The approach aims at addressing the challenge of prolonging the lifespan of garments, in particular design classics, in order to reduce waste and increase resource efficiency. The idea has been to develop methods of renewing that enable a circular system, where consumers give compromised clothing back to the designer and the designer can make improvements and give a renewed garment back to the consumer. Making your old garments look and feel new again.
– Re:Set Hoodie A grey hoodie with pilling has been treated with enzymes which have effectively eaten away some of the white pilling for a fresher look and richer color.
– Re:Set Shirt: A white shirt has been treated with enzymes which have removed some of the stains on the collar for a fresher look. Also, a section under the sleeve which had irreversible
sweat staining has been replaced using upcycled fabric.
– Re:Set Jeans: A small amount of overdye was applied to a pair of faded black jeans in order to refresh the color. An unwanted tear near the crotch of the jeans has been darned to create
an invisible repair.
Naomi Bailey-Cooper in partnership with Dying and Finishing lab at the Swedish School of Textiles
The fashion industry is facing problems with overproduction and leftover clothes. One way of addressing these problems is by being creative with clothes seen as “dead garments”, such as garment returns and samples from product development. Turning men’s styles into women’s styles, changing garment shapes, adding prints and details can bring new life to these garments – making them attractive to consumers again.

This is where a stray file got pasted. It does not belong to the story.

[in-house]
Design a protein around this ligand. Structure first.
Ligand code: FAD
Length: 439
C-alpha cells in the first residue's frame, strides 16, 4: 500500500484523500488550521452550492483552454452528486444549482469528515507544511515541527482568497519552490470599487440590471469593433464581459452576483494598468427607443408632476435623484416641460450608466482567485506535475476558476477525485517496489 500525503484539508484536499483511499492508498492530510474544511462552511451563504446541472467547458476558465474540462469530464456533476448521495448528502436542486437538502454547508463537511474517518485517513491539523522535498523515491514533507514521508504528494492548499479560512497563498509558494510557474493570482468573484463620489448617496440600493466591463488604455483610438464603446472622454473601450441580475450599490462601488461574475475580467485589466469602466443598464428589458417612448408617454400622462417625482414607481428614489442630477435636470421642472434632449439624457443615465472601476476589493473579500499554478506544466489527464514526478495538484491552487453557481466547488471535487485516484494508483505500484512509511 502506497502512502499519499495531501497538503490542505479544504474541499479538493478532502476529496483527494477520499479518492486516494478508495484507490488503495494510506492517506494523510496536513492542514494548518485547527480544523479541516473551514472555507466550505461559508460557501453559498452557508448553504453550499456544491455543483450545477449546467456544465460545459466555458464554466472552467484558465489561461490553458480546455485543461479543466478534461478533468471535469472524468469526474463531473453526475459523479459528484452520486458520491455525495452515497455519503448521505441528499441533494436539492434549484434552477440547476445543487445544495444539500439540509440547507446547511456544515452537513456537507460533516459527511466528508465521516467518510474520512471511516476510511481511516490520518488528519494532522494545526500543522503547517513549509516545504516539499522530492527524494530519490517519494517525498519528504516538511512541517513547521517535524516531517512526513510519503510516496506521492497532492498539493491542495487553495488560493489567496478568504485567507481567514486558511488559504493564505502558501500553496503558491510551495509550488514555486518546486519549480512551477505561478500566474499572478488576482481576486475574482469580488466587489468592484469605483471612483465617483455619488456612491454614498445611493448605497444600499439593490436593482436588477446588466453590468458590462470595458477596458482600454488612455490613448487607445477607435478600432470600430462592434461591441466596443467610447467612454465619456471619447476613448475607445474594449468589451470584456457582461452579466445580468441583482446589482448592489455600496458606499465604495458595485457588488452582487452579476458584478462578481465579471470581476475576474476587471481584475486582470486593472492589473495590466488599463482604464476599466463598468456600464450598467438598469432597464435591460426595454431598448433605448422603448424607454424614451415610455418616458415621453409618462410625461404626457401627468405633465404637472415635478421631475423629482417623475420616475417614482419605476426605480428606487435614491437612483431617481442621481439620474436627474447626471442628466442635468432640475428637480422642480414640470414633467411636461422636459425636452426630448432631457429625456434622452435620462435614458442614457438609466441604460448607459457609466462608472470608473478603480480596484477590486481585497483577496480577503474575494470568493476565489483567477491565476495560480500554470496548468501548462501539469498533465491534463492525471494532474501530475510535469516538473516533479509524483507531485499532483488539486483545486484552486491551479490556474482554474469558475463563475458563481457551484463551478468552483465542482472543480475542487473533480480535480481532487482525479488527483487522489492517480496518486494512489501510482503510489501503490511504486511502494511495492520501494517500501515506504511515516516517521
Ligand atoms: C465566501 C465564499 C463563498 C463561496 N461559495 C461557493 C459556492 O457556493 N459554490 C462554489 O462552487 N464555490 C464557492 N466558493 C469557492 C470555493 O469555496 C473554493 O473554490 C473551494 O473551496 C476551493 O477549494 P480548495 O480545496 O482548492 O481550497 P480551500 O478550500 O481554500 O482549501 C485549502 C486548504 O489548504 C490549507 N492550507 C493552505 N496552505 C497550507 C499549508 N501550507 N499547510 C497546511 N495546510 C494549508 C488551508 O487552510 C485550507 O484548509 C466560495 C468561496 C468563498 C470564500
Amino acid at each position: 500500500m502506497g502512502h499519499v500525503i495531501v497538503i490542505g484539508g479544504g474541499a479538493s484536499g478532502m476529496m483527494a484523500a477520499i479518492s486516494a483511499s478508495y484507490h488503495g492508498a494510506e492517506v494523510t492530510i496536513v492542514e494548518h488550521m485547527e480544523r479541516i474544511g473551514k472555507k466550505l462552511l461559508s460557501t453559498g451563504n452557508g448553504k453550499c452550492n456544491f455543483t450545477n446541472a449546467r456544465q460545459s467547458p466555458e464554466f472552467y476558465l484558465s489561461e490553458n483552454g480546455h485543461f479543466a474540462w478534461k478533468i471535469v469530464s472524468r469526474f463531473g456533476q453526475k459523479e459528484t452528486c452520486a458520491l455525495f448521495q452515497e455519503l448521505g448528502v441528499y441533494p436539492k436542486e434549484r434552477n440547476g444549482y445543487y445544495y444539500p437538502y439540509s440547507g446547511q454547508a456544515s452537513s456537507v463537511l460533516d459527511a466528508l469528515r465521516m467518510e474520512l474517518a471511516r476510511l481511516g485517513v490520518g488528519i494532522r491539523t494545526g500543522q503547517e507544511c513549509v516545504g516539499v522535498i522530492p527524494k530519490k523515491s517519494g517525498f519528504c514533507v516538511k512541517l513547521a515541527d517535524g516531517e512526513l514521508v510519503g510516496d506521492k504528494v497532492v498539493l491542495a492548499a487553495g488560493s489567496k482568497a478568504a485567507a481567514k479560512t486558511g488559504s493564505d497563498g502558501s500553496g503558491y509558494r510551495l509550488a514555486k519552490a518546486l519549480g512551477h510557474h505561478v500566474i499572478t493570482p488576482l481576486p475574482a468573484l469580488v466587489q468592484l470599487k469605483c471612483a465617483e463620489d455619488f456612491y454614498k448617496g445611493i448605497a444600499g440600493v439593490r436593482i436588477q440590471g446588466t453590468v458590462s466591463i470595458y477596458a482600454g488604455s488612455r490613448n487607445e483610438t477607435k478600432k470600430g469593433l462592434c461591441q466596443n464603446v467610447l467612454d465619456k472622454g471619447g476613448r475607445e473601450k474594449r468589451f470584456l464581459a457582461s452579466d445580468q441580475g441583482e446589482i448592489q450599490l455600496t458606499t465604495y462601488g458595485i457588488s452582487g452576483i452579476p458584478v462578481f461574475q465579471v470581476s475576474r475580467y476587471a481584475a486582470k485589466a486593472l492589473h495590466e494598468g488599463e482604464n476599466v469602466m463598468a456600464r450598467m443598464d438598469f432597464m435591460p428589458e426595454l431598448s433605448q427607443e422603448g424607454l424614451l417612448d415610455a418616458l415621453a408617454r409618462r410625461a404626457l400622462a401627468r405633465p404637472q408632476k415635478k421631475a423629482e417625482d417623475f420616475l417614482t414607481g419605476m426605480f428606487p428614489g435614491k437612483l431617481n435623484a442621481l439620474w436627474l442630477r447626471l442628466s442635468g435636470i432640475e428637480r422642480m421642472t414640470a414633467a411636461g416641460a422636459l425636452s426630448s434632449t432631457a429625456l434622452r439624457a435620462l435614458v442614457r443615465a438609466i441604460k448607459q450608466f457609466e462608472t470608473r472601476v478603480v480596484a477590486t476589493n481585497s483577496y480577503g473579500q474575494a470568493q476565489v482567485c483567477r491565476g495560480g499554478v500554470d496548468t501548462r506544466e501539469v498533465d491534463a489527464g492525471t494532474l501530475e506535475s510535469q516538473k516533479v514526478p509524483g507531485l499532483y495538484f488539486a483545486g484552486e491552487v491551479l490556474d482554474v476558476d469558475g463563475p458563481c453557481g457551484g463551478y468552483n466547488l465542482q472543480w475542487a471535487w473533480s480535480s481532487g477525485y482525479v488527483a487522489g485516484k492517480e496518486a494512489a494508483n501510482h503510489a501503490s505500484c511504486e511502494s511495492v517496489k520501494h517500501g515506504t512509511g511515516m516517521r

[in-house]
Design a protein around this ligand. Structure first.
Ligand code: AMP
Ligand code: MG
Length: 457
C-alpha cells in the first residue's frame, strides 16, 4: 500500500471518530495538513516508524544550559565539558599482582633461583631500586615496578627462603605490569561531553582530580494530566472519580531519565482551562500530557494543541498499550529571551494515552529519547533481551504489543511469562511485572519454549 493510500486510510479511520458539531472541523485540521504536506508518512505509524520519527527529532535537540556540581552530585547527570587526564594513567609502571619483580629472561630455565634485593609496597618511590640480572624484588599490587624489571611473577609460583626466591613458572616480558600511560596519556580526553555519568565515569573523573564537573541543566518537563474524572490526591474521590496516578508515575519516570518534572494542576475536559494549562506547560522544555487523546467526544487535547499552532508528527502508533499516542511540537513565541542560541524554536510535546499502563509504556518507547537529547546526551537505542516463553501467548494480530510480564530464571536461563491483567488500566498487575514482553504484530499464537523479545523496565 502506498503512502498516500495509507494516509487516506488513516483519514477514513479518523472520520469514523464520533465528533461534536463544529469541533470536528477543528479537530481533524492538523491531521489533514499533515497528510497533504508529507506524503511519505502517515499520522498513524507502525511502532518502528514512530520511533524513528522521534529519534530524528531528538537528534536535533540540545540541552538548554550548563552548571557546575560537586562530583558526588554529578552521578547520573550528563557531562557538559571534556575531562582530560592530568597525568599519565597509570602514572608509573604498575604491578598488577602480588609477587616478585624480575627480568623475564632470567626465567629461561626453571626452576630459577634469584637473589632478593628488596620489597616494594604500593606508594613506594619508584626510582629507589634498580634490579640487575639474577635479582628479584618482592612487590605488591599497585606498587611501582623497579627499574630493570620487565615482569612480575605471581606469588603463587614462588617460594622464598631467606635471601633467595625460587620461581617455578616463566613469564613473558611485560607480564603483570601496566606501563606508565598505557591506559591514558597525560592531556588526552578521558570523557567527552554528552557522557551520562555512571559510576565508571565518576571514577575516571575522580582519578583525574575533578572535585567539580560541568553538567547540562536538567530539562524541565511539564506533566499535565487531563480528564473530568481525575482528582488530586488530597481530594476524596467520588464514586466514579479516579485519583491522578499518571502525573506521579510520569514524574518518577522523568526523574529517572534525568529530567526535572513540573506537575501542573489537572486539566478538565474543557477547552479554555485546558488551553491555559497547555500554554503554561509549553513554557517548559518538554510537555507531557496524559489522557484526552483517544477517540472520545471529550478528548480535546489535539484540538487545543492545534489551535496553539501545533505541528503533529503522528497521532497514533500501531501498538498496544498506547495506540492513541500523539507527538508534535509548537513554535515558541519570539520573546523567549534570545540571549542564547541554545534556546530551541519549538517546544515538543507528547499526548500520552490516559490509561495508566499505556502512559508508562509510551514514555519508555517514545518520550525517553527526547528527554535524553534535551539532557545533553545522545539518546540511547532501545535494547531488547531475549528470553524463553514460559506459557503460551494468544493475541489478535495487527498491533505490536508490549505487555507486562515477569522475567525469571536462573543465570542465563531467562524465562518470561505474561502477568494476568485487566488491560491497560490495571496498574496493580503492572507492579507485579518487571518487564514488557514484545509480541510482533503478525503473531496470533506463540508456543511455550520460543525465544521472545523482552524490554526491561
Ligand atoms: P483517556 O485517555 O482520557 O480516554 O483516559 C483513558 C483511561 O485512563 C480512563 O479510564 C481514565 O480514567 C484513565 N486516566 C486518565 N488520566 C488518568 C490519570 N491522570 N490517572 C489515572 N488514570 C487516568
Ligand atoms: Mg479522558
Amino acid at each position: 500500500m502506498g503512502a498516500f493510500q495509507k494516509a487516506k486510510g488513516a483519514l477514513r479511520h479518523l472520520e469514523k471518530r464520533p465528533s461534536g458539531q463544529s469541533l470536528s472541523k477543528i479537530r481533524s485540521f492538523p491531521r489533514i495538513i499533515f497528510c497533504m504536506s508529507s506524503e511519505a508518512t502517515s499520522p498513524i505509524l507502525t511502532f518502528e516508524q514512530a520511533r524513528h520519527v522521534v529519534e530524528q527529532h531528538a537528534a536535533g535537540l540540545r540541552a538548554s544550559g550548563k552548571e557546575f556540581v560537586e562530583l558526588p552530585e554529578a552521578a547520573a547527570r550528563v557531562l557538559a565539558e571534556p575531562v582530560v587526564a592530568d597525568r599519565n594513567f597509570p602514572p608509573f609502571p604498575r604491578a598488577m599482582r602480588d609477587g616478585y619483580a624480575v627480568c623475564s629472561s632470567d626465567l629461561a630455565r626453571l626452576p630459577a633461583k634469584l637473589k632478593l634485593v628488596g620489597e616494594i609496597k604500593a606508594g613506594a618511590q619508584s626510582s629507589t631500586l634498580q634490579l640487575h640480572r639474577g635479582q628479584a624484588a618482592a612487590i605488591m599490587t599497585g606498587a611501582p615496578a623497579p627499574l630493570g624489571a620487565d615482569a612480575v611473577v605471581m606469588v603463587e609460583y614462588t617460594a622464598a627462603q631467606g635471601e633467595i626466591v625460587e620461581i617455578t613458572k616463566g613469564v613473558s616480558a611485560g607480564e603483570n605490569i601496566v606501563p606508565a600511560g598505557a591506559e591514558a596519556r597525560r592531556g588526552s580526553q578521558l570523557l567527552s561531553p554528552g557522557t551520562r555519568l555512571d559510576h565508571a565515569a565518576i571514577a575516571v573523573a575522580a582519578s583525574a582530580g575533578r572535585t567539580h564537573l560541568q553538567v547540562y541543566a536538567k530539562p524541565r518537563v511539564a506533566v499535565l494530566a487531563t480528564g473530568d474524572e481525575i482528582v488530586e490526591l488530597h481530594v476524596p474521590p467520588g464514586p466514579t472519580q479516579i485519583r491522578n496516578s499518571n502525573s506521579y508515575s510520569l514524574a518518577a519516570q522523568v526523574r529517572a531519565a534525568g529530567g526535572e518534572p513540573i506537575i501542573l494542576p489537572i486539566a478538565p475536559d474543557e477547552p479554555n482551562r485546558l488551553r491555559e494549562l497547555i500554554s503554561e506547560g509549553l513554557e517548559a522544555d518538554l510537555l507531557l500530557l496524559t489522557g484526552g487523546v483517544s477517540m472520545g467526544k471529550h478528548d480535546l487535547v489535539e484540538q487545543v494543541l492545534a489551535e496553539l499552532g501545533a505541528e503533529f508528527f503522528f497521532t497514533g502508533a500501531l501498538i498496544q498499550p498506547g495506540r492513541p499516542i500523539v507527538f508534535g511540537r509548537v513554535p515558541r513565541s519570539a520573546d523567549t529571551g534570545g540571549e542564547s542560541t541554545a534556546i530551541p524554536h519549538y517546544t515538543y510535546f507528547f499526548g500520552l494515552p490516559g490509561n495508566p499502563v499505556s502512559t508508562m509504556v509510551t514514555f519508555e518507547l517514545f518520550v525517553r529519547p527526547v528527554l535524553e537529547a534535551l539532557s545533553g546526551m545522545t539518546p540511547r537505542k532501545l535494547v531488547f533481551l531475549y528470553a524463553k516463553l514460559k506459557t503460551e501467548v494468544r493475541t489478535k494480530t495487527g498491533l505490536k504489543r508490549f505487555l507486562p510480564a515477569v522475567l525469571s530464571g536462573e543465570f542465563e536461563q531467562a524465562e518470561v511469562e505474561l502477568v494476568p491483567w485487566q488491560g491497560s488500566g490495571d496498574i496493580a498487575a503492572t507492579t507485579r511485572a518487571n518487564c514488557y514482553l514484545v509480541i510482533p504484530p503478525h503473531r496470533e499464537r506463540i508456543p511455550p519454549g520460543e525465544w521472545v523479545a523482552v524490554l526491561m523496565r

One way to make remake an attractive business opportunity for established fashion brands is through microfactories. A small-scale textile production line that include all the necessary steps, from sketch and cutting tables to sewing and even product photography.
The result could be a mini collection of remade garments, up to date and in line with the demands of today’s customers. Ready to be sold in the online store in less than a week.
All group objects:
Sustainable consumption may seem contradictive and far-fetched. However, in the space between these words, opportunities for new behaviors, policy instruments, and business models open up, allowing for more conscious consumption.
Platforms such as F/ACT Movement have now been established to help fashion consumers to make more conscious decisions while at the same time enhancing their ability to express themselves through their outfits.
Consumer’s desire to make more sustainable choices, governmental green incentives, and industry’s resource conscious innovation give opportunities to create better systems that allow consumers more opportunities to live out their desire for fashion and textiles.